Despite calamities and crashes, Boeing still soars

A Boeing 787 Dreamliner
Stuart Isett | Bloomberg | Getty Images
A Boeing 787 Dreamliner

The past month has not been great for Boeing, with a deluge of troubles including a fatal crash-landing at San Francisco International Airport and a fire aboard a Boeing 787 at London Heathrow. But last week, the aviation behemoth reported earnings that exceeded estimates, and raised its revenue guidance for the year. So, what's Boeing's secret?

Shares in Boeing continue to rise, after it reported second quarter earnings of $1.09 billion (£711 million) on revenue of $21.82 billion (£14.19 billion) and raised its revenue guidance for 2013.

Michel Merluzeau, a managing partner at aerospace consultancy G2 Solutions, said the crash-landing of the Asiana 777 at San Francisco, which killed three and injured 181, had impacted the Asiana airline brand, rather than Boeing.

"One has to look at the Boeing brand beyond just the 787 or an Asiana 777," Merluzeau said. "Remember, it's the Asiana brand that is damaged there, not the Boeing brand."

"On the contrary, the accident demonstrated clearly the progress and advances made by Boeing, and others, in terms of airframe and passenger survivability," he added.

Merluzeau added that Boeing benefited from its diversified portfolio, with a strong defense aircraft manufacturing side. Plus, its geographical diversification in terms of manufacturing bases boosts its resilience, he said.

"Increased shift of work to South Carolina will please the street," said Merluzeau, referring to Boeing's two U.S. plants, one in South Carolina and one in Washington state (WA).

"I for one would not bet on 777X to remain in Washington: our own analysis suggest risks, but also significant benefits, from moving that to South Carolina. Strategy is key, Boeing needs to counter Airbus in that domain… WA state is moving too timidly, and some local politicians are not being very smart about it."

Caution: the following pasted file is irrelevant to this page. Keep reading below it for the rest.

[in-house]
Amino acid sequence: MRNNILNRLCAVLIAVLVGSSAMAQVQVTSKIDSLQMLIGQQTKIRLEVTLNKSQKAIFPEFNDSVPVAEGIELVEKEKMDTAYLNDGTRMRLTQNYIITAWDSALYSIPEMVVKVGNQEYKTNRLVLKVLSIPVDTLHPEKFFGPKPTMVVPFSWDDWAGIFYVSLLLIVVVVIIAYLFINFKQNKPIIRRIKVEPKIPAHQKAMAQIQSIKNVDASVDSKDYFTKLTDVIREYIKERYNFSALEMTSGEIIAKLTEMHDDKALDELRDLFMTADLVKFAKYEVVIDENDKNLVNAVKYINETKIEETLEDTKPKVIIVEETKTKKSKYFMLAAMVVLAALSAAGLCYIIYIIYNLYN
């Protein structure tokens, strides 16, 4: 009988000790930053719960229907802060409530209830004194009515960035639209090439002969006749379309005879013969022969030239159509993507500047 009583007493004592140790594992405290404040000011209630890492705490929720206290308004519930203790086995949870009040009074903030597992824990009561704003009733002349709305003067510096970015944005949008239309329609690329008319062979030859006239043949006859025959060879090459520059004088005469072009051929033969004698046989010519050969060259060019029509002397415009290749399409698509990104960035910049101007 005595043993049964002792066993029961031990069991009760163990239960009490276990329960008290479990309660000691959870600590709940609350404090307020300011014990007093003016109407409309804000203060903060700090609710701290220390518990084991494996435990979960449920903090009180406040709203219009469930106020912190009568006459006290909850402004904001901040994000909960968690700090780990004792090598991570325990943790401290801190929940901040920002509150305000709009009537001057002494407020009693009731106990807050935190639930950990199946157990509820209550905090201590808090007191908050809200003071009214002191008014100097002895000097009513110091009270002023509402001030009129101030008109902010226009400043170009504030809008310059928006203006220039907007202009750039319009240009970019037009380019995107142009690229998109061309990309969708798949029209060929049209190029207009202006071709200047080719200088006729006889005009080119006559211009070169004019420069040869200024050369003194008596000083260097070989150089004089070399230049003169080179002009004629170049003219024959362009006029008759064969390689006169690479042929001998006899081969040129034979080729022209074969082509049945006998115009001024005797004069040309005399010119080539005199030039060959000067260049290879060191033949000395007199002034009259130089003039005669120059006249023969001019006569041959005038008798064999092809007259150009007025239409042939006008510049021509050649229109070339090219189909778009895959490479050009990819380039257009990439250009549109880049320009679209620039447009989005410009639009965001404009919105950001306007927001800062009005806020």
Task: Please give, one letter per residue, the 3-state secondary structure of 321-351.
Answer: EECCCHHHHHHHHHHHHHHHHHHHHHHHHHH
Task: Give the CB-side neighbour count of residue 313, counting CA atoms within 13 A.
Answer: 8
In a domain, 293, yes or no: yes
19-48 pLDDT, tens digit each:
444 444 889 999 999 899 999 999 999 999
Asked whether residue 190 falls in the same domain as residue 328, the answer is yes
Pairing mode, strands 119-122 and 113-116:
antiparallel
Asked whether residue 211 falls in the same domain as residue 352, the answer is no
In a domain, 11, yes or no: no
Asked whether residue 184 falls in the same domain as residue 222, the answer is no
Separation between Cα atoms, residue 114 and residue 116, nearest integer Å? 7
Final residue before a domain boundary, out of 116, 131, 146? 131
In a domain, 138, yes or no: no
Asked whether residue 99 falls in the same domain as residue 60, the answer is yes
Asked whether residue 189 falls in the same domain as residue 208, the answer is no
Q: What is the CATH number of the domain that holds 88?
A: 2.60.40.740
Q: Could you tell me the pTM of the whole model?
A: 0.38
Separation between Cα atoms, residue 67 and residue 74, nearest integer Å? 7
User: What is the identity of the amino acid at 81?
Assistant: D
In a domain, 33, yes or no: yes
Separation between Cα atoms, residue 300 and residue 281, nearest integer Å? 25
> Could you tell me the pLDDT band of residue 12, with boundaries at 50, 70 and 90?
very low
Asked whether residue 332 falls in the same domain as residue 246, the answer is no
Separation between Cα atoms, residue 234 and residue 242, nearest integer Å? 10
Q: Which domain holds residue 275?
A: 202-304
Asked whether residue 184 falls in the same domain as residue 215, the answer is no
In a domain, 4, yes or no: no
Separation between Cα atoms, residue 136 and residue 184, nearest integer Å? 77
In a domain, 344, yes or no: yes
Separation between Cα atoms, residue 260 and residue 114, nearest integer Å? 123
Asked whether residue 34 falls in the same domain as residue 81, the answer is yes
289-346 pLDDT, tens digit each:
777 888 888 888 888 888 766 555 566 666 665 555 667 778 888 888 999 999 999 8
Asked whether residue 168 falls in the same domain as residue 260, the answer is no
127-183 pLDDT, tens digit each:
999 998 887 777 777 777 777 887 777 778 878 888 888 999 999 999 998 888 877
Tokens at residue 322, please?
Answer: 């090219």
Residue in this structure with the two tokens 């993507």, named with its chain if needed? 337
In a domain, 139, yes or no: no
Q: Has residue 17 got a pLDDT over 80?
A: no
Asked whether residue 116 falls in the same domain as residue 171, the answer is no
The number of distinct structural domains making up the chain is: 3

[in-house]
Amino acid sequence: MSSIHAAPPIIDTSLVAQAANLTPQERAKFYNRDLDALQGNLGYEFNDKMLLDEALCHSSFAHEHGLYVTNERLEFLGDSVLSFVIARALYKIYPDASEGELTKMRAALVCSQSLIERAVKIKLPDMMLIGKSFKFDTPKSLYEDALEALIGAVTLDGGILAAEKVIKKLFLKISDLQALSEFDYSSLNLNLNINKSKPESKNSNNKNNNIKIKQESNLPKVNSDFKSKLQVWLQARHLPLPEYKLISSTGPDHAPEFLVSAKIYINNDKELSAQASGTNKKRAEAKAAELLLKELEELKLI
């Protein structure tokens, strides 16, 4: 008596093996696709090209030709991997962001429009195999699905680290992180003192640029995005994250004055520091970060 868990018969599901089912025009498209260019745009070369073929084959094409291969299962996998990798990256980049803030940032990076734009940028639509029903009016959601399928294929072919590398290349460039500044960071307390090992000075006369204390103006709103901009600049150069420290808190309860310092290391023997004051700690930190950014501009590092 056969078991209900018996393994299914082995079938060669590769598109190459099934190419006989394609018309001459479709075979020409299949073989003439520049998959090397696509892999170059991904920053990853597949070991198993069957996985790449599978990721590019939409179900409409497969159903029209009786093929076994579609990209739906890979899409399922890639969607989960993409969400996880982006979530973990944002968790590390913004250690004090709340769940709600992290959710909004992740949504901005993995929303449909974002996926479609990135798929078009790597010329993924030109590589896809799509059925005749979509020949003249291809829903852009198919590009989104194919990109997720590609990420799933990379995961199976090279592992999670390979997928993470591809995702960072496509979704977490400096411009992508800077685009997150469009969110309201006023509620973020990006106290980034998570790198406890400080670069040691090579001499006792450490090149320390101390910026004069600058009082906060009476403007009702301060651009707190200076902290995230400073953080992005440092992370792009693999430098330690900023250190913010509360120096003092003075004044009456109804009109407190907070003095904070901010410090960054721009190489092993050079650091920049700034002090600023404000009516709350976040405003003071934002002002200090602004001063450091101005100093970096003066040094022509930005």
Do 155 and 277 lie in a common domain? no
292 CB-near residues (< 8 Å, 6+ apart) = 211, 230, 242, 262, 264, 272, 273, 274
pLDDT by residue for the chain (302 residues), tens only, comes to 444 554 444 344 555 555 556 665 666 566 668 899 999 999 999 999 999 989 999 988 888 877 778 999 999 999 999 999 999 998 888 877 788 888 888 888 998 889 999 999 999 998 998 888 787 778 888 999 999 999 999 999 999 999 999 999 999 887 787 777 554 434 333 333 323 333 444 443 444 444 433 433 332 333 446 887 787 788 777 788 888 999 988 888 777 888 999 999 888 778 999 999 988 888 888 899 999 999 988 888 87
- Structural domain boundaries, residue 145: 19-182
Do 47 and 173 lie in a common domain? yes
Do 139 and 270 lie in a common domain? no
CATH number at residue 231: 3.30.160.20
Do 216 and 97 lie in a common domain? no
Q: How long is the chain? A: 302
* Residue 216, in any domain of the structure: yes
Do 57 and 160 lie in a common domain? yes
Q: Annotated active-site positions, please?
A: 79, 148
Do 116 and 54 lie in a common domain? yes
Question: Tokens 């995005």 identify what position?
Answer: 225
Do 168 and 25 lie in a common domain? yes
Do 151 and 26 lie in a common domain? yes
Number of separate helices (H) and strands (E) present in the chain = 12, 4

(Read more: 787 fire: Investigators focus on key component)

Boeing ordered airlines to inspect up to 1,200 aircraft on Monday, following this month's fire on a 787 Ethiopian Airlines jet at London Heathrow. In addition, All Nippon Airways revealed on Monday that it had cancelled a Okayamo-to-Tokyo Boeing 787 flight after problems with the aircraft.

Nonetheless, Boeing secured 442 aircraft orders at the Paris Air Show in June, and John Strickland, director of JLS consulting, told CNBC that it was important to remember how much had been achieved with the 787 Dreamliner.

"All new aircraft do get problems," Strickland said. "The 787 perhaps has got proportionately more because it's so leading edge, using different technologies, different systems, different manufacturing processes.

"Just taking one of those on its own would have been quite a mouthful to swallow without indigestion, but to do all three, Boeing does acknowledge that if they'd had the benefit of hindsight, they perhaps would have done less."

Still, Strickland said Boeing has to solve the Dreamliner problem once and for all, as the aircraft remained central to its future success.

"There really has to be now the maximum effort to get to the bottom of the different problems," he said.

(Read more: Airline report card: How bad is your carrier?)

Correction: An earlier version of this story misstated the conversion of dollars to pounds in Boeing's earnings.